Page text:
I'll look up choose to heel. He heels well and doesn't pull on leash, but I think it's because he can just use the leash pressure as a gauge and doesn't really have to pay attention to me.

Niz's biggest drive is food, but it's kind of situation specific. He can put it away in favor of his lazy-schmooze around drive.

Thanks again, Colleen. Flirt sounds like a great girl!
 

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Bacchus stands like a rock outside the ring......waiting. He is surrounded by people getting their dogs worked up and yet he stands.....waiting. The barking, the activity has little effect. He waits.

Then we go into the ring and he is "with" me or sometimes he is unfocused but either way he is working. Not for a treat, not for a toy but for me because he believes that is his job. And when we are done he is at his happiest dancing around waiting to hear me tell him "good boy".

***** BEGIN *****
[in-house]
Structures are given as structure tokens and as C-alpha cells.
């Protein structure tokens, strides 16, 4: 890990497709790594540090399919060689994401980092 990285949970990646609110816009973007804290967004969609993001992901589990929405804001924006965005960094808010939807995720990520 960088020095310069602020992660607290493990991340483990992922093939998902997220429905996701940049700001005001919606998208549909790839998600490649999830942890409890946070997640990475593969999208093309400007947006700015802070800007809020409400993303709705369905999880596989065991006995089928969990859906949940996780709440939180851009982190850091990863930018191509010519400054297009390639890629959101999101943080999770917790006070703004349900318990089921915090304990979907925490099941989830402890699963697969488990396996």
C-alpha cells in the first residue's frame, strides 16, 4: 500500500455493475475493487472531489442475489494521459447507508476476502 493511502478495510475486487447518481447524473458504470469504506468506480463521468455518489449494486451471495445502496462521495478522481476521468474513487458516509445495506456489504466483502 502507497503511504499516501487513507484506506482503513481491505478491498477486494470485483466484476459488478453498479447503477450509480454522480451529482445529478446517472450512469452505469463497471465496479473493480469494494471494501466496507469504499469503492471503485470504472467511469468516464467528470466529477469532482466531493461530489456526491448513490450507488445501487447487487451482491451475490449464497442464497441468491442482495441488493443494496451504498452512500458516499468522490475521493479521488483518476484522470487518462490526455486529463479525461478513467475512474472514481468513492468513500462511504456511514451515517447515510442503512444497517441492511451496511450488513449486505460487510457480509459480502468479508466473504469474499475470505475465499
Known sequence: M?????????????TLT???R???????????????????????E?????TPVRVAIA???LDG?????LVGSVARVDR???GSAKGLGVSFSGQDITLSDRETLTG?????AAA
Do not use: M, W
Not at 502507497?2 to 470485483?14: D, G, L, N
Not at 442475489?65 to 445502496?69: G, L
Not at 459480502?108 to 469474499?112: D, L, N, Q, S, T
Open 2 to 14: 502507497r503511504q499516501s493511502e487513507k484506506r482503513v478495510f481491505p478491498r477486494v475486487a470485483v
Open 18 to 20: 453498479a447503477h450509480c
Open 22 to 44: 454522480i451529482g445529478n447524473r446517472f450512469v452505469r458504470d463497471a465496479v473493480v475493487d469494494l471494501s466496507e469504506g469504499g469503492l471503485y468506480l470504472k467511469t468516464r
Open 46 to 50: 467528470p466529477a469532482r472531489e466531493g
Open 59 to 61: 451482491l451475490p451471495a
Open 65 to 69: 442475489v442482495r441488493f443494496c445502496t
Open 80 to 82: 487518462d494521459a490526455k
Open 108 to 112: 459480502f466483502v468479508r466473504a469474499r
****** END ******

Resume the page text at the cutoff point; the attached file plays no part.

That is my definition of a work ethic.
 

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Eat Poo and Die
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Discussion Starter · #7 ·
Bacchus stands like a rock outside the ring......waiting. He is surrounded by people getting their dogs worked up and yet he stands.....waiting. The barking, the activity has little effect. He waits.

Then we go into the ring and he is "with" me or sometimes he is unfocused but either way he is working. Not for a treat, not for a toy but for me because he believes that is his job. And when we are done he is at his happiest dancing around waiting to hear me tell him "good boy".